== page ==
When my amazing colleague and friend, Kim, invited me and several of our colleagues to join her on the Slice of Life challenge, I told her YES, hoping that, by the time March rolled around, I'd miraculously be energized and excited to blog every single day for the next 31 days. When the miracle I was hoping for did not happen, I told myself I'd try it for three days, and if I hated it, I could stop.
And so I tried.
On day one, I told myself it didn't matter what I write, just write. Don't worry about who is going to see this first draft writing.
On day two, I discovered I had no desire to write about my work. After a full day of teaching, and with grading and planning always looming nearby as I stole some time to write, I needed this space to be a retreat, a place where I could fill my well. And I confess: I prefer reading and commenting on slices about anything over work.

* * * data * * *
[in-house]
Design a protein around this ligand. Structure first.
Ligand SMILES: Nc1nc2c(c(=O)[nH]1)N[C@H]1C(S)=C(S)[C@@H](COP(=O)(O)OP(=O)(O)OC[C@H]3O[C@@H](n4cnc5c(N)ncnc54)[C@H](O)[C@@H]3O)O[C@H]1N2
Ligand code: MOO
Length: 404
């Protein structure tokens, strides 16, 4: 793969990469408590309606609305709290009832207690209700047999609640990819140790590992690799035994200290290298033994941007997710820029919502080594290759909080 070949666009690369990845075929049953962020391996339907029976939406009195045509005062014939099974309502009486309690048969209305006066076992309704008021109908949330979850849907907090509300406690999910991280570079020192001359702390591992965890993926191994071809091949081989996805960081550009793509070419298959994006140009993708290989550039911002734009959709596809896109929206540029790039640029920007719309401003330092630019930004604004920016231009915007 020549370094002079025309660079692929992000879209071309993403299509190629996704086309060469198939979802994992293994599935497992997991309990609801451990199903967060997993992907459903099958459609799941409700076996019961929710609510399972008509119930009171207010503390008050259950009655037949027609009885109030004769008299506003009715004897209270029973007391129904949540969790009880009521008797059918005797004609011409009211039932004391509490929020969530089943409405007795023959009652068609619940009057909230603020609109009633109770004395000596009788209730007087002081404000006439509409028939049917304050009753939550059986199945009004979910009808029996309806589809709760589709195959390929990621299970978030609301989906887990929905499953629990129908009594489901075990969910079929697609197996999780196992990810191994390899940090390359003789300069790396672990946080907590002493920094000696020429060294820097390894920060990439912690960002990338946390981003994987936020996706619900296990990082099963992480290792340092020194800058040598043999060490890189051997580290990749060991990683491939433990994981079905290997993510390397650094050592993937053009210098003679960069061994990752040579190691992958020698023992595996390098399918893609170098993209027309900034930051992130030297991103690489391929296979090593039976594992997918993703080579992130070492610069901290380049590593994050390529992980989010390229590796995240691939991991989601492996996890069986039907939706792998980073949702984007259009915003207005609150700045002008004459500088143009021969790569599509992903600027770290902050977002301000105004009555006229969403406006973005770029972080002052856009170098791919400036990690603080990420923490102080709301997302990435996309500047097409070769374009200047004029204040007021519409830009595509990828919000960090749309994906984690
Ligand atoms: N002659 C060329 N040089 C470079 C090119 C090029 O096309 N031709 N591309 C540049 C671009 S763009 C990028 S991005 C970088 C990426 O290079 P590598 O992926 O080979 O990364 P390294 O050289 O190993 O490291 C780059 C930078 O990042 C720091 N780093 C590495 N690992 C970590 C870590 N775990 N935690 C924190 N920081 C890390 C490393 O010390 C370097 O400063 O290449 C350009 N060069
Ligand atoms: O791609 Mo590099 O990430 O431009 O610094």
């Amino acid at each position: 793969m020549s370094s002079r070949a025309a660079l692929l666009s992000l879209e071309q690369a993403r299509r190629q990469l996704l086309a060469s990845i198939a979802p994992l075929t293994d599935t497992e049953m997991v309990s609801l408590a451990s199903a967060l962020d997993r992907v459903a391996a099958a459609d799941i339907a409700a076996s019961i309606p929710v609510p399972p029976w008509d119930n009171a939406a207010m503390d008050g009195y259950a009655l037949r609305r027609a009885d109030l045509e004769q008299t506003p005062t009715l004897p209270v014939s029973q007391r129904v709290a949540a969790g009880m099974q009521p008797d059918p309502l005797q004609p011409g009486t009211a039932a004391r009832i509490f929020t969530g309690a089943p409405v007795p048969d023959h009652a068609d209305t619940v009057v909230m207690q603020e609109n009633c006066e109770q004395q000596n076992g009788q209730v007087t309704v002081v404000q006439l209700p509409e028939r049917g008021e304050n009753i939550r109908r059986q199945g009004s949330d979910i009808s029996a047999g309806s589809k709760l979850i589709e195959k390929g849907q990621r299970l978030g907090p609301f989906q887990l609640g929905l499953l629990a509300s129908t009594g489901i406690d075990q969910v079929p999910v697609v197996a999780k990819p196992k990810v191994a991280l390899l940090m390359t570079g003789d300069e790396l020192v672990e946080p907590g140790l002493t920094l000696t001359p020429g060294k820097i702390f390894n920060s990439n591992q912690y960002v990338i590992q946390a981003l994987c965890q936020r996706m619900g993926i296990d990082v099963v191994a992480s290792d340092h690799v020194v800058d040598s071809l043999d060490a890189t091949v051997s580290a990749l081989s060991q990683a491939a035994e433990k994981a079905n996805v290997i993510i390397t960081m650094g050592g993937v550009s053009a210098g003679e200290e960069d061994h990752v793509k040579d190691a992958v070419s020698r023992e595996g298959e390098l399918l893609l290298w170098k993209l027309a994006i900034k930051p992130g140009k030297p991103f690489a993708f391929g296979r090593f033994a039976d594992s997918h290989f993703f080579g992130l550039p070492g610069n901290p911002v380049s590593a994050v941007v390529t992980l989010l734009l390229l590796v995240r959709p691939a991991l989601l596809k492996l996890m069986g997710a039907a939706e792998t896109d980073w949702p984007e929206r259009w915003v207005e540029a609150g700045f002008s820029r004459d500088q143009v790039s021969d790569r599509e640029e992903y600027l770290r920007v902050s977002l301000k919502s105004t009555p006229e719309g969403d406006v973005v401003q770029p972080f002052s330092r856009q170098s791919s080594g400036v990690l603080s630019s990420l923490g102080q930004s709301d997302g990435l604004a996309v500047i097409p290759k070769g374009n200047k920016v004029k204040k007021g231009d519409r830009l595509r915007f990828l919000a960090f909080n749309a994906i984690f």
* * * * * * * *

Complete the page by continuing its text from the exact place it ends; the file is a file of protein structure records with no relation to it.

By day three, I knew I could stop and not feel that I had let myself down--after all, I had reached my initial target of 3 days. But I didn't want to.
In the last month, I've reconnected to a pleasure I let fall to the wayside when I became weighed down by the daily grind of teaching. The irony of this is not lost on me. An English teacher who teaches writing but doesn't write on a regular basis? Bad, bad, bad. And yet, that is a vast majority of teachers. Imagine if school leaders actively created working conditions that support the professional growth of teachers? For all the talk of "rigor" and "literacy across the curriculum" at my school, I have yet to see a visionary move to support the lives of teachers as readers, writers, and scholars. And it is so fixable.
Putting your money where your mouth is matters. I am so proud of all of us for taking the plunge into this challenge. I have had the pleasure of writing alongside masters whose words and spirit inspired and sustained me throughout the month. I have deepened friendships with colleagues I already admired, respected, and adored but now feel even closer to. And I am so grateful to Kim for rallying us to write.